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Mogopa


The Bakwena baMogopa community, having worked as labourers on "Free State" farms, grouped together and bought their first piece of land, Zwartrand, in 1911, in the Ventersdorp region, and later acquired another farm, Hartebeeslaagte

This indigenous polity was organized along communal lines and headmen represented their family lines, or kgoros. There was not an overall chief in Mogopa, but rather a senior headman, as the paramount chief of the Bakwena people was in an area near Brits.

By the 1980s, there were two schools, a clinic, shops, a reservoir, and a thriving agricultural sector. Mogopa farmers sold crops to the local agricultural co-operative, besides catering for the community.

As Mogopa resident, Victor Mogomotsi explains:

Before we were removed the land was used for various things such as agricultural purposes such as mielies, white maize (...for mielie meal), and yellow maize (the purpose for this was to feed the animals) and beans - and the purpose for those were to make an income. There was also sorghum. They would sell it ... and vegetables were planted in the individual yards.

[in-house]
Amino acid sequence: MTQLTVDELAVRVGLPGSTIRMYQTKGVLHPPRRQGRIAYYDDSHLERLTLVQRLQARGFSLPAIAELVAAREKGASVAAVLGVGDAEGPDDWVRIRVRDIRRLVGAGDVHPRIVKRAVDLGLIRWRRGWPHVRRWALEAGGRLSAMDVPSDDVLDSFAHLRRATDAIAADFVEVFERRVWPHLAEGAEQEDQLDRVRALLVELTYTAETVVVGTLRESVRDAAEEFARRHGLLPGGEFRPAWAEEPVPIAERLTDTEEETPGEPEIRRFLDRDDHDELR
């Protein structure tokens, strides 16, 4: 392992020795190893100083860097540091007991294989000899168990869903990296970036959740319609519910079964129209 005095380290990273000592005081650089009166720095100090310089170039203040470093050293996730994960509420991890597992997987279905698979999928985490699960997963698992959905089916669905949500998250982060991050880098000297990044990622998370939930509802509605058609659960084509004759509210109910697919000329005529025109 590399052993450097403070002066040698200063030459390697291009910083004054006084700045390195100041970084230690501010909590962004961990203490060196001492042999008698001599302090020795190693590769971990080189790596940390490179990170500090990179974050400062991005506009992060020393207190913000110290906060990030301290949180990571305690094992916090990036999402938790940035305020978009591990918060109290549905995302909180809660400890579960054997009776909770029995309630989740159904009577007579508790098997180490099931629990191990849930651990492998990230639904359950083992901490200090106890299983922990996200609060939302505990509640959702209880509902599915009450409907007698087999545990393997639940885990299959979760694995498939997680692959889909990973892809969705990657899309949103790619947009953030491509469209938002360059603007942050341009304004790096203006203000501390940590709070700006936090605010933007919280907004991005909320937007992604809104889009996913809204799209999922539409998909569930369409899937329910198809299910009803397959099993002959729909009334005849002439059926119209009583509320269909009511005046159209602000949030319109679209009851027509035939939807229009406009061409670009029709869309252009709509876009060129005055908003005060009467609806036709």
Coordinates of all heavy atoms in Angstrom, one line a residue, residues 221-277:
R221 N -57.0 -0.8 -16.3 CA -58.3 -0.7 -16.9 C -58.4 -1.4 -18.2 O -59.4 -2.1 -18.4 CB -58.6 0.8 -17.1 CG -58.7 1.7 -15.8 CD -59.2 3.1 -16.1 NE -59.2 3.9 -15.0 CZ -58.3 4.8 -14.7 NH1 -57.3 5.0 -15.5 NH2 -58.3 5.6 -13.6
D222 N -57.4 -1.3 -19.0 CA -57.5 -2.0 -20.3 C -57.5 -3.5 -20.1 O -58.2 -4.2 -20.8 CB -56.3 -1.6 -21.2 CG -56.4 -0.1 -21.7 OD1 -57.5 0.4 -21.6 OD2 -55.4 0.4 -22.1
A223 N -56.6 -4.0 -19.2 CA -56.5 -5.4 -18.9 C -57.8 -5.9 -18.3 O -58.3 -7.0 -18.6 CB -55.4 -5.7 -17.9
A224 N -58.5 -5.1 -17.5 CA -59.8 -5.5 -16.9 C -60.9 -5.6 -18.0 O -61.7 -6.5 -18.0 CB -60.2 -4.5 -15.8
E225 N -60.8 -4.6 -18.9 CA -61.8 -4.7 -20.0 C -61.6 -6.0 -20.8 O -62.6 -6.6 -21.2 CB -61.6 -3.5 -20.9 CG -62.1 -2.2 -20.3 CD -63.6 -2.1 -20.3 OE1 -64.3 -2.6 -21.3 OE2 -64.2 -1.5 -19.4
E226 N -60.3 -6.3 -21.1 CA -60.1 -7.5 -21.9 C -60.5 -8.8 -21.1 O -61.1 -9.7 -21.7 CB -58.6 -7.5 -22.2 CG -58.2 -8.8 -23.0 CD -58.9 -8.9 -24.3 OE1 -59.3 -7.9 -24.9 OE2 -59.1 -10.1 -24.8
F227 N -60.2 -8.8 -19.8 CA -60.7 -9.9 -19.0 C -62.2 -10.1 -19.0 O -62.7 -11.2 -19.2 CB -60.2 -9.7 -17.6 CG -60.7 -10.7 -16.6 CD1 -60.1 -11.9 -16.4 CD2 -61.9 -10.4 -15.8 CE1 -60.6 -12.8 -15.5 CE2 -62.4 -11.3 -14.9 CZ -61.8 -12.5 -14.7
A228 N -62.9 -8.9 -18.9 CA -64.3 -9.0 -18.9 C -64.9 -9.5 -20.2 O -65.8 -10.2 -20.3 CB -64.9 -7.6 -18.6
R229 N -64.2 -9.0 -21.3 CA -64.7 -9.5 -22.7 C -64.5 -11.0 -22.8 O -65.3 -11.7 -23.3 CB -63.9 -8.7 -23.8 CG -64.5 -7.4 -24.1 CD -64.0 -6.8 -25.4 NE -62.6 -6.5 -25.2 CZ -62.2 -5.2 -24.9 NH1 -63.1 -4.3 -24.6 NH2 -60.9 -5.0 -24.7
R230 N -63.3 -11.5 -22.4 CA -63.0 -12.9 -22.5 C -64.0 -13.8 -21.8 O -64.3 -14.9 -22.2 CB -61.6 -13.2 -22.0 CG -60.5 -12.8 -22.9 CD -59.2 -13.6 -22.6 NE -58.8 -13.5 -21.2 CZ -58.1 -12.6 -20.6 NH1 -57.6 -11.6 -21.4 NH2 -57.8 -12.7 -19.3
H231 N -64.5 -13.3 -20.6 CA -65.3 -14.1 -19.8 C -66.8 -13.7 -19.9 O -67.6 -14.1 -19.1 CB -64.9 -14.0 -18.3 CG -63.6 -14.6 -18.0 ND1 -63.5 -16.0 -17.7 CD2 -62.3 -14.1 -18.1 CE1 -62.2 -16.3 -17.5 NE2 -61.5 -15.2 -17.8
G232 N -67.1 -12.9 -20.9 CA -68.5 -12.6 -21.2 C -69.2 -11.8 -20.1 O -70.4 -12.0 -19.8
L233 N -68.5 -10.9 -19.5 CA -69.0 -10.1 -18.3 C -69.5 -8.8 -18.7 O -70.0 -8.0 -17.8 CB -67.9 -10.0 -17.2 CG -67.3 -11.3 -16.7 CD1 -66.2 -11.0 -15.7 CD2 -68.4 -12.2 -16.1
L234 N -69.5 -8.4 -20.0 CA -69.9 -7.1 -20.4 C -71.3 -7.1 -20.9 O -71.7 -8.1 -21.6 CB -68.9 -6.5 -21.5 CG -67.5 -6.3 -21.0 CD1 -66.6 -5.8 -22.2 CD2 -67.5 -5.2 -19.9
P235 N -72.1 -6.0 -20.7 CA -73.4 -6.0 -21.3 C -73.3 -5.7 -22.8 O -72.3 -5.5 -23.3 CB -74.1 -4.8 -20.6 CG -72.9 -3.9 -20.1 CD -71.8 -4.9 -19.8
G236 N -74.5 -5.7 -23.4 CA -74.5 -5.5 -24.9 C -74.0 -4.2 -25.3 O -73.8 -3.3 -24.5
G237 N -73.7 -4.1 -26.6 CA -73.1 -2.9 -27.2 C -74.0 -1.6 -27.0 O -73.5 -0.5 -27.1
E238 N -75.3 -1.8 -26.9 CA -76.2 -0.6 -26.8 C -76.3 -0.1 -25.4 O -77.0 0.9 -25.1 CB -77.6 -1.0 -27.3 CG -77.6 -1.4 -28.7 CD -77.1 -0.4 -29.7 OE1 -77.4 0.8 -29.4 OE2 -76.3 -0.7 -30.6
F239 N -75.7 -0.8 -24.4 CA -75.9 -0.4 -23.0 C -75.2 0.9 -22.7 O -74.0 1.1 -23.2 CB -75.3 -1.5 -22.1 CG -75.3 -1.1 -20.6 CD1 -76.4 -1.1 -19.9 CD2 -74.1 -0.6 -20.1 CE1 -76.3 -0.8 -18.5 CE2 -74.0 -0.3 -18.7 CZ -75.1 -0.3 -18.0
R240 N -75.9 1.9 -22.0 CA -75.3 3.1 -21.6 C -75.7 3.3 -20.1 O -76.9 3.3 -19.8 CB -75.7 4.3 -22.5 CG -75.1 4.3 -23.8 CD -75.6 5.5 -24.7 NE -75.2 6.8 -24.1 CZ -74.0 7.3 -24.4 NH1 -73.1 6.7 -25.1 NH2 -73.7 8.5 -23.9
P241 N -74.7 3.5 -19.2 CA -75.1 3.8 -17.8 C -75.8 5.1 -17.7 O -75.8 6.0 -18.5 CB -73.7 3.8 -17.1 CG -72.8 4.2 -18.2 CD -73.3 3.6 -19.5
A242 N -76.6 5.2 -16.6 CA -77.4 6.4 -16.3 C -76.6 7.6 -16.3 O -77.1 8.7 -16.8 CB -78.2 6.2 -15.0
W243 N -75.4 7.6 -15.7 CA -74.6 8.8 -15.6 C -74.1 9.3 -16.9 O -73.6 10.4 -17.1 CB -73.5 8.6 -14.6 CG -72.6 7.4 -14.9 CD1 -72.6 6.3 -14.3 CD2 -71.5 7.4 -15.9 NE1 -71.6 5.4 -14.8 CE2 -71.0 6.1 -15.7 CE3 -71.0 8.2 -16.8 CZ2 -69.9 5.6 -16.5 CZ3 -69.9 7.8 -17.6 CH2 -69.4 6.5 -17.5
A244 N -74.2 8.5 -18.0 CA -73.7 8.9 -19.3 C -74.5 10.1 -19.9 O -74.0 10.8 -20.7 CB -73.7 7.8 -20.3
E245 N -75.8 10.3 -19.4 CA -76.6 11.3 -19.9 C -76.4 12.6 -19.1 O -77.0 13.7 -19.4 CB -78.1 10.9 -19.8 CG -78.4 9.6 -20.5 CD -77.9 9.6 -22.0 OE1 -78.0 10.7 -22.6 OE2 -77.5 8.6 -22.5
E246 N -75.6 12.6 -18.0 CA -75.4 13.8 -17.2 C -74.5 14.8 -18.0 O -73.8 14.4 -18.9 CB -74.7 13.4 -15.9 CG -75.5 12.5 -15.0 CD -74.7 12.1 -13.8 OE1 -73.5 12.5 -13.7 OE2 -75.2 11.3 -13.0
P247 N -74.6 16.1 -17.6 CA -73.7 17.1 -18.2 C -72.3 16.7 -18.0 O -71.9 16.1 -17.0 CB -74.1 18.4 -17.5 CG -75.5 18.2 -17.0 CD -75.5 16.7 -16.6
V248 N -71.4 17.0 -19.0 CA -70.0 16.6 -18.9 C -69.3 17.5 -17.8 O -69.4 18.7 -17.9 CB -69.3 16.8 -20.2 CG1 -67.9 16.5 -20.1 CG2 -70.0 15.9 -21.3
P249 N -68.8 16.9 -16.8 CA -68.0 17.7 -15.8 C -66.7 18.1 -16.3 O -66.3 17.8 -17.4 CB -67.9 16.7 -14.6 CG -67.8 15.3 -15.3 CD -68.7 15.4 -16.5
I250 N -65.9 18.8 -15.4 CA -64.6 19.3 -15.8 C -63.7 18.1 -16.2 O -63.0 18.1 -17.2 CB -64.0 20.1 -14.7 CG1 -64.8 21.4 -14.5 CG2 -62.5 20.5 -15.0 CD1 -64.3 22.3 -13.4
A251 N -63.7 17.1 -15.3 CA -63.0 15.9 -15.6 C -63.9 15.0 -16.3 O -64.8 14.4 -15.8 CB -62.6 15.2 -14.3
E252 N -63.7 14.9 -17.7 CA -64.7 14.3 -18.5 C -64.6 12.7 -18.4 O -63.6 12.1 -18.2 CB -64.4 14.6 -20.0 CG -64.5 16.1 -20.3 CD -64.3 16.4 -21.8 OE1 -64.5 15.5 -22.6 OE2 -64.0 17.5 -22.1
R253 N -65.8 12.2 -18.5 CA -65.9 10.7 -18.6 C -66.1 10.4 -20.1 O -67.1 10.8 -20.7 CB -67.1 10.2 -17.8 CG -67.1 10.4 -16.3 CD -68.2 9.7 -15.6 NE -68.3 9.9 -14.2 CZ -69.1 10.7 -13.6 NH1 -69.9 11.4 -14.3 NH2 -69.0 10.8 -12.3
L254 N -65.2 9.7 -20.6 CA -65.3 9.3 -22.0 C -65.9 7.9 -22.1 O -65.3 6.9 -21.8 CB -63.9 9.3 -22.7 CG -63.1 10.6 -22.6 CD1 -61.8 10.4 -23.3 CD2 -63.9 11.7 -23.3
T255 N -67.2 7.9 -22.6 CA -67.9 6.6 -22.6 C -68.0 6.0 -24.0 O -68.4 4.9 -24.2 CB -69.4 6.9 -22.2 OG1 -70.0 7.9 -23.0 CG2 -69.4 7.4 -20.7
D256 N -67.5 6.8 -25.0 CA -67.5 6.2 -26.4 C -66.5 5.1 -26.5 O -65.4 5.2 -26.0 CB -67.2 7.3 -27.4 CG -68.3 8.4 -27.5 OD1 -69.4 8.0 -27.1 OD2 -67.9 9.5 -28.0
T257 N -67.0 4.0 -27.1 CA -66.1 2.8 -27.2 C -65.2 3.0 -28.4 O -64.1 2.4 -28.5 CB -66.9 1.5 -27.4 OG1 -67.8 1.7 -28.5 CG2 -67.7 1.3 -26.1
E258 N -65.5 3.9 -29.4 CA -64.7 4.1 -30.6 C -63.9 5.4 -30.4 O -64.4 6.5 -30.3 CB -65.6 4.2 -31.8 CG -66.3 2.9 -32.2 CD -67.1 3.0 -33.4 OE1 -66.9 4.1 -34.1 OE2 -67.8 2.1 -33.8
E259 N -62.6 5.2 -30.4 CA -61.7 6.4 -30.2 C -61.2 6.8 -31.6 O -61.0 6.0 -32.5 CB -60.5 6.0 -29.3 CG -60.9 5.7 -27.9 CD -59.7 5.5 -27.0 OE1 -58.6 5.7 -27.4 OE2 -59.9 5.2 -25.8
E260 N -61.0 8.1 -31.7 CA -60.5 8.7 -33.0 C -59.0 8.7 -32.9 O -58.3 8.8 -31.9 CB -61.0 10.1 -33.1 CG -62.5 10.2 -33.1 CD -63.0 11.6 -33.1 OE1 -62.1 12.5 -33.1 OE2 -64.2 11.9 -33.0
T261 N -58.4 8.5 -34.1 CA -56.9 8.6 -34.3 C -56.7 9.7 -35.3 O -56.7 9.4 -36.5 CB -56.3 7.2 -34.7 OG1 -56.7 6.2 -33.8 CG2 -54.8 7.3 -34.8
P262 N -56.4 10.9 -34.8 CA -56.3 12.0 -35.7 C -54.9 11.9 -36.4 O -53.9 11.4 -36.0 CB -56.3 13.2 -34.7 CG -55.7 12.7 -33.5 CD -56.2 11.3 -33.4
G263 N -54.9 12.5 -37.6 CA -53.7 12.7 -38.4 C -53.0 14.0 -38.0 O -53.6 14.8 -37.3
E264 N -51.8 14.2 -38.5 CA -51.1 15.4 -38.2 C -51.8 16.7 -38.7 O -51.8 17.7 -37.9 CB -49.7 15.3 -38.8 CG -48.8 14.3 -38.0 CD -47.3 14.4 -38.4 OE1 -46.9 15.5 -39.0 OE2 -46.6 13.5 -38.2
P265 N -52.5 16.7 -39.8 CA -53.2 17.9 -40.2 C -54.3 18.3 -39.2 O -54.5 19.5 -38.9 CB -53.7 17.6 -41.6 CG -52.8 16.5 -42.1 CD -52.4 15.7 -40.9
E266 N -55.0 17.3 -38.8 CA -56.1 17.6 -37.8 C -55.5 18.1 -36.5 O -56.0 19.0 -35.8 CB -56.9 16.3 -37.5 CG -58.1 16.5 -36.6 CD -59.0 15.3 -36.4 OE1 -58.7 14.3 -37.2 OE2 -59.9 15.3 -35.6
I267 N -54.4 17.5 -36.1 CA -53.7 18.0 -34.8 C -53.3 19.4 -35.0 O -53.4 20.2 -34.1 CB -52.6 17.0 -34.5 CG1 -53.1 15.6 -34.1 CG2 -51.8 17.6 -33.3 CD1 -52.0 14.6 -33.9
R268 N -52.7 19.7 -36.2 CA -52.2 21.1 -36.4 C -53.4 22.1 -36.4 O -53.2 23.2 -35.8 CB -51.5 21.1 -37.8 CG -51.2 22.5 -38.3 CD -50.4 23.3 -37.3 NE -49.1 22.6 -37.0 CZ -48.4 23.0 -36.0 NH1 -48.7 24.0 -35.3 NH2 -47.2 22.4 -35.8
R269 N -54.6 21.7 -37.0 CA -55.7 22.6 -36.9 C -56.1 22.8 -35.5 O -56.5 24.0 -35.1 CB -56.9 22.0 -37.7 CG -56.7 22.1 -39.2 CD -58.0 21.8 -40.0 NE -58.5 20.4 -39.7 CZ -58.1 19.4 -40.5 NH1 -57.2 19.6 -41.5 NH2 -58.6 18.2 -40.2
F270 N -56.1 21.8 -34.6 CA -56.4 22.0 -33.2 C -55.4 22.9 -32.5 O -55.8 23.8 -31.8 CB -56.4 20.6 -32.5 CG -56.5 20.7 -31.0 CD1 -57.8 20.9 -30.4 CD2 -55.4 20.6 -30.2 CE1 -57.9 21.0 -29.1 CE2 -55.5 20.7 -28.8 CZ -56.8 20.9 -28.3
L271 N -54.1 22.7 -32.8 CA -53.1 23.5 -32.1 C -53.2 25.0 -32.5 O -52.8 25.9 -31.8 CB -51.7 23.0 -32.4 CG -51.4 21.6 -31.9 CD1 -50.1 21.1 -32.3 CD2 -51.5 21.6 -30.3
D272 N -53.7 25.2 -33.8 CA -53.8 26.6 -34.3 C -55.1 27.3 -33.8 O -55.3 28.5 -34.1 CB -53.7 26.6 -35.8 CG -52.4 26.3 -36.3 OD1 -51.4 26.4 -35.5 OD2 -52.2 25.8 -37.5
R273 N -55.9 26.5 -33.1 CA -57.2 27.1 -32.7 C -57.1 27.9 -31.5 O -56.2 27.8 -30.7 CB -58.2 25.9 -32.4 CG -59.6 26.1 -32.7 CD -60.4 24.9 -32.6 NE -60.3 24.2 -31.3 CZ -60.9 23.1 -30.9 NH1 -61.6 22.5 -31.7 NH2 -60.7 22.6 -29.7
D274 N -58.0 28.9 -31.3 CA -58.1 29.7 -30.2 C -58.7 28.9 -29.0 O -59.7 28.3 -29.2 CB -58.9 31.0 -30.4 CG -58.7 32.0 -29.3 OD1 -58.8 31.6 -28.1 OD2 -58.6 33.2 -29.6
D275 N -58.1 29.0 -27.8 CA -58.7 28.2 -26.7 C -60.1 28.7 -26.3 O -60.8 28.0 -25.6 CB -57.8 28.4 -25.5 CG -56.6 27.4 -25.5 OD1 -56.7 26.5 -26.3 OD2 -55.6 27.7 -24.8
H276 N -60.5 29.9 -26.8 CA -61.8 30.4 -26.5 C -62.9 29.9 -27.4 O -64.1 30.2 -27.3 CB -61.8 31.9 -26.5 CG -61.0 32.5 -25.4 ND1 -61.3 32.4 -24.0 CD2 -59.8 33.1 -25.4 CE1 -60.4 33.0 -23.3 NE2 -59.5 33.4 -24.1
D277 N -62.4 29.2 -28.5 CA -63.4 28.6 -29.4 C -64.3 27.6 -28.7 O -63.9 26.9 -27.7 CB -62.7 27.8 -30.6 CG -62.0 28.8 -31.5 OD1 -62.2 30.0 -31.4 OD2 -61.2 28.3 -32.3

There were also clear leadership structures within the community, as described by Philip
More:

in each clan there was one. One would ask to come into the clan and when you enter the clan you would be given rules and they would say that they are giving you a place to stay and regarding the farming you would not be privileged to have any farming land. You did not have any say, but you got a place... you could do what you wanted to do in your land and we could give you cows as well but you would not have separate farming land. These clans had very big rules or administration as you cannot just come and do what you wanted here...